Bai Chunli: We must learn from each other
The following is the complete text for TWAS President Bai Chunli's address at the start of the 26th TWAS General Meeting in Vienna Austria:
Esteemed colleagues, dear friends, ladies and gentlemen –
Good morning, and welcome to Vienna and the 26th TWAS General Meeting. I am gratified to see all of you here today, and I am always so impressed and grateful for your dedication to the Academy. This year, we have a historic gathering: 2015 is the 30th anniversary of the first TWAS meeting, which convened in July 1985 in Trieste, Italy. And this is the first time we have been hosted by a government in the developed world.
On behalf of everyone at TWAS, I offer sincere thanks to Anton Zeilinger, the president of the Austrian Academy of Sciences and a very good TWAS Fellow.
At our first meeting 30 years ago, 250 delegates representing 50 science academies and councils from the developing world came to Trieste in support of an idea: that developing nations would be more prosperous, more independent and more stable if they built their research capacity. Academy Founder Abdus Salam made this point clear in his opening address. He said: "Our major task is – first and foremost – the health of science itself in the South."
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Heads of state from every region sent messages of support. UN Secretary-General Javier Pérez de Cuéllar attended. So did Hans Blix, director-general of the International Atomic Energy Agency, which is based here in Vienna. The TWAS meeting signaled that new ambitions and new expectations would begin to shape science in the developing world.
Across 30 years, TWAS has made a profound contribution, thanks to the commitment and energy of its leaders, and Fellows, its staff...and its many partners.
In the room with us this morning are men and women who have guided our Academy to important accomplishments. Past Presidents CNR Rao of India and Jacob Palis of Brazil, and our longtime Executive Director, Mohamed Hassan – we owe them our thanks.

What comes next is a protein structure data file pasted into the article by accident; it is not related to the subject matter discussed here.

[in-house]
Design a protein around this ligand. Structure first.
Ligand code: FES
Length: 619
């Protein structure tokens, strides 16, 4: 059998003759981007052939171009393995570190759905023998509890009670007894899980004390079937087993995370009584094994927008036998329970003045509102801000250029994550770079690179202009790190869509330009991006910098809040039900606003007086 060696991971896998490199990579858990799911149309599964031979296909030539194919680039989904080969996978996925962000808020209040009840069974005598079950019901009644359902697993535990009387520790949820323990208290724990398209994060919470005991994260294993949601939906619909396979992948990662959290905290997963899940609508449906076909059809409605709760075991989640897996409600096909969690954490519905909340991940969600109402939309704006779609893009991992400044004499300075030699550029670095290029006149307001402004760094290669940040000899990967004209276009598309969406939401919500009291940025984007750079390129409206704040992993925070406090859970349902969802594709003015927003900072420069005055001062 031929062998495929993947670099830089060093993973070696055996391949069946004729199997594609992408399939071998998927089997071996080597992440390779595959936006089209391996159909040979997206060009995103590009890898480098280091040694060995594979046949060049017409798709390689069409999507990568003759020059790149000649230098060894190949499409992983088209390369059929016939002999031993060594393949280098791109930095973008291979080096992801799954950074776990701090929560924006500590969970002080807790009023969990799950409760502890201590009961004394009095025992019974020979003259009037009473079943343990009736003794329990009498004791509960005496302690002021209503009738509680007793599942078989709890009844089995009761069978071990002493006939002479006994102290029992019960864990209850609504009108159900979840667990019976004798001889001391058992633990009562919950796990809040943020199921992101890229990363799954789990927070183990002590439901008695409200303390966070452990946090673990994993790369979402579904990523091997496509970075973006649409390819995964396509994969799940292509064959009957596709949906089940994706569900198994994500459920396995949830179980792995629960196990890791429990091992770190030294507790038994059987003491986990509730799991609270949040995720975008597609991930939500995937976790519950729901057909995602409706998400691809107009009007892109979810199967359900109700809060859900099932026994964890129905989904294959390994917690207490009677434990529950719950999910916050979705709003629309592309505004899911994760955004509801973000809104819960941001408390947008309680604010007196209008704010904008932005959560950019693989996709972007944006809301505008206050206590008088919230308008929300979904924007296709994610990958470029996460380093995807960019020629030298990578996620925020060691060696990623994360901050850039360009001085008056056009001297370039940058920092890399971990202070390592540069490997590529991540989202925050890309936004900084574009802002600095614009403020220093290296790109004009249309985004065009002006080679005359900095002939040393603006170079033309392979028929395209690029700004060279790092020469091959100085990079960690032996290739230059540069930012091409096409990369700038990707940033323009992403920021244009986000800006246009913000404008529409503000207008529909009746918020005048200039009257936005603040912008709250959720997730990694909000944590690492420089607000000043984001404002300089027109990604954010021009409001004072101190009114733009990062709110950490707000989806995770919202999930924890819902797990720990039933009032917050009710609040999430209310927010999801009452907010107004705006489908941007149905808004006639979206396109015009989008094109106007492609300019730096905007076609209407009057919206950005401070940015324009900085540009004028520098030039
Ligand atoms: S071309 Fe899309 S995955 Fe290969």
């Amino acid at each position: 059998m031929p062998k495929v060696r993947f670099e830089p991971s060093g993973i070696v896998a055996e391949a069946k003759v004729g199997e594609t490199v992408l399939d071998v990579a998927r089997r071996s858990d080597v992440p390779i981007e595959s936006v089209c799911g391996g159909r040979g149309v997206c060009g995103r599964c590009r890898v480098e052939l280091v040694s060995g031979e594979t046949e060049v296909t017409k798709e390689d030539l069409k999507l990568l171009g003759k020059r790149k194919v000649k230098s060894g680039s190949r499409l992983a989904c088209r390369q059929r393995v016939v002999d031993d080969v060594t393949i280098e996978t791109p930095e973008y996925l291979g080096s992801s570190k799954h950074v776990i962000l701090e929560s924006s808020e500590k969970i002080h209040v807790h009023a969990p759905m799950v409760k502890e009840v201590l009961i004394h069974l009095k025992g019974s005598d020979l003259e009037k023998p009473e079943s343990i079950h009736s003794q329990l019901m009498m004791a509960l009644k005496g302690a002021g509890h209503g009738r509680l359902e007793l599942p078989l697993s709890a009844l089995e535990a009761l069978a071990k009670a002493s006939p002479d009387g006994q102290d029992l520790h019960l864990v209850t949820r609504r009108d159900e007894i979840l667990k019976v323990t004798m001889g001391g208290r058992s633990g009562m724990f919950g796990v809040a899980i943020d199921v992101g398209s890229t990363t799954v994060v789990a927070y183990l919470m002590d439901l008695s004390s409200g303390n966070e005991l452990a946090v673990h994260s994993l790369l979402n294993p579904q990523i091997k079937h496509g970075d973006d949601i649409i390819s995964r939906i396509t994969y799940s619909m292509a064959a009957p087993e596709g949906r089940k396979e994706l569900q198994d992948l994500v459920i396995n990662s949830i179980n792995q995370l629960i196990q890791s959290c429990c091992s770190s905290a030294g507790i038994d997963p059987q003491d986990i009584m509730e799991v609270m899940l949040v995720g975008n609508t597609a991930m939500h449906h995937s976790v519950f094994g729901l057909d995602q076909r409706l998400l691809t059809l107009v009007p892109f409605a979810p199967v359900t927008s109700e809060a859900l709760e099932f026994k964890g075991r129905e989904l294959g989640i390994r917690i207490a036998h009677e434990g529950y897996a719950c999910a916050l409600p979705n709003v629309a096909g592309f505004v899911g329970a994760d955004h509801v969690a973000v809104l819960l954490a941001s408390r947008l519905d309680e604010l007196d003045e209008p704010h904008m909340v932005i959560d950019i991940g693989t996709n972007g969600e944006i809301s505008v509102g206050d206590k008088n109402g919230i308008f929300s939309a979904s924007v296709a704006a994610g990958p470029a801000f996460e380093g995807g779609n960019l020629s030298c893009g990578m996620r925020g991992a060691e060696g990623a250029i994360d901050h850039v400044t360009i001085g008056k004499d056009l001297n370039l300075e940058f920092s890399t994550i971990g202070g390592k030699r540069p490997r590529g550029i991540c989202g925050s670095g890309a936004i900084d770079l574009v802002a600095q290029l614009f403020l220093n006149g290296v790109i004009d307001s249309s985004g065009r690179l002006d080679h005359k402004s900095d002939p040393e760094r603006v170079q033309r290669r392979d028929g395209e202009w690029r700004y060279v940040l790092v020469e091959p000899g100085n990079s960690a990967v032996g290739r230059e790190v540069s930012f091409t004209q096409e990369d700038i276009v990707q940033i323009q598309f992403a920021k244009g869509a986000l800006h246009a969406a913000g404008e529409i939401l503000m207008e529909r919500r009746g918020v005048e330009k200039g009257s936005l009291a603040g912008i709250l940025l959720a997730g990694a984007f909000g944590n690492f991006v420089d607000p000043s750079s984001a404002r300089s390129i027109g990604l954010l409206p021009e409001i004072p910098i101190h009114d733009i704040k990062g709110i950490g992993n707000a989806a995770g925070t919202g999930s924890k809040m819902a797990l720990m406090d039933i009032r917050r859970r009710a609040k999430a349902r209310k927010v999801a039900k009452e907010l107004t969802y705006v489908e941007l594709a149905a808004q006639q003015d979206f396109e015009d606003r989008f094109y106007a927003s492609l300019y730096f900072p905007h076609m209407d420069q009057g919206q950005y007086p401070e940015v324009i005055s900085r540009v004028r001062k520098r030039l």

Today, we have a solemn responsibility to maintain their vision and their standards. I hope it may be said that in the past three years, we have made good contributions and continued to achieve progress.
It has been a high priority to extend the Academy's global presence. Over the past three years, we have exerted ourselves to find new nominees and new Fellows from nations where we have little or no representation. We have increased our nominees from 164 in 2013, to 178 in 2014, and now to 185. Last year, we elected our first Fellows from the Central African Republic, Hungary and Austria. Fellows also were elected from countries with few members: Ecuador...Oman...Trinidad & Tobago...Uruguay... Uzbekistan... and Zimbabwe.
We also have been very proud to see Ecuador establish an academy of science, thanks in part to the efforts of two TWAS Fellows. We also worked closely with Nepal after its terrible earthquake this year, offering resources from the CAS-TWAS Centres of Excellence to support the recovery.
Another priority is the advancement of women. In 2013, 22 women were nominated to be TWAS Fellows. That year, for the first time, women achieved 10 percent of TWAS membership. In 2014, we nominated 33 women, and 10 were elected. This year, 32 women were nominated. We are making progress in this area. But if TWAS is going to be a global leader, we must increase the ratio of women in our membership. We must also bring more women onto our Council and committees.
Programmes in education and training are a priority in TWAS's mission, and here were are seeing impressive growth. In 2012, we had 163 PhD fellowships; today, that has nearly tripled – to 441 fellowships. We also have 146 postdoctoral fellowships and 21 visiting scholars, with 18 programme partners in 9 countries.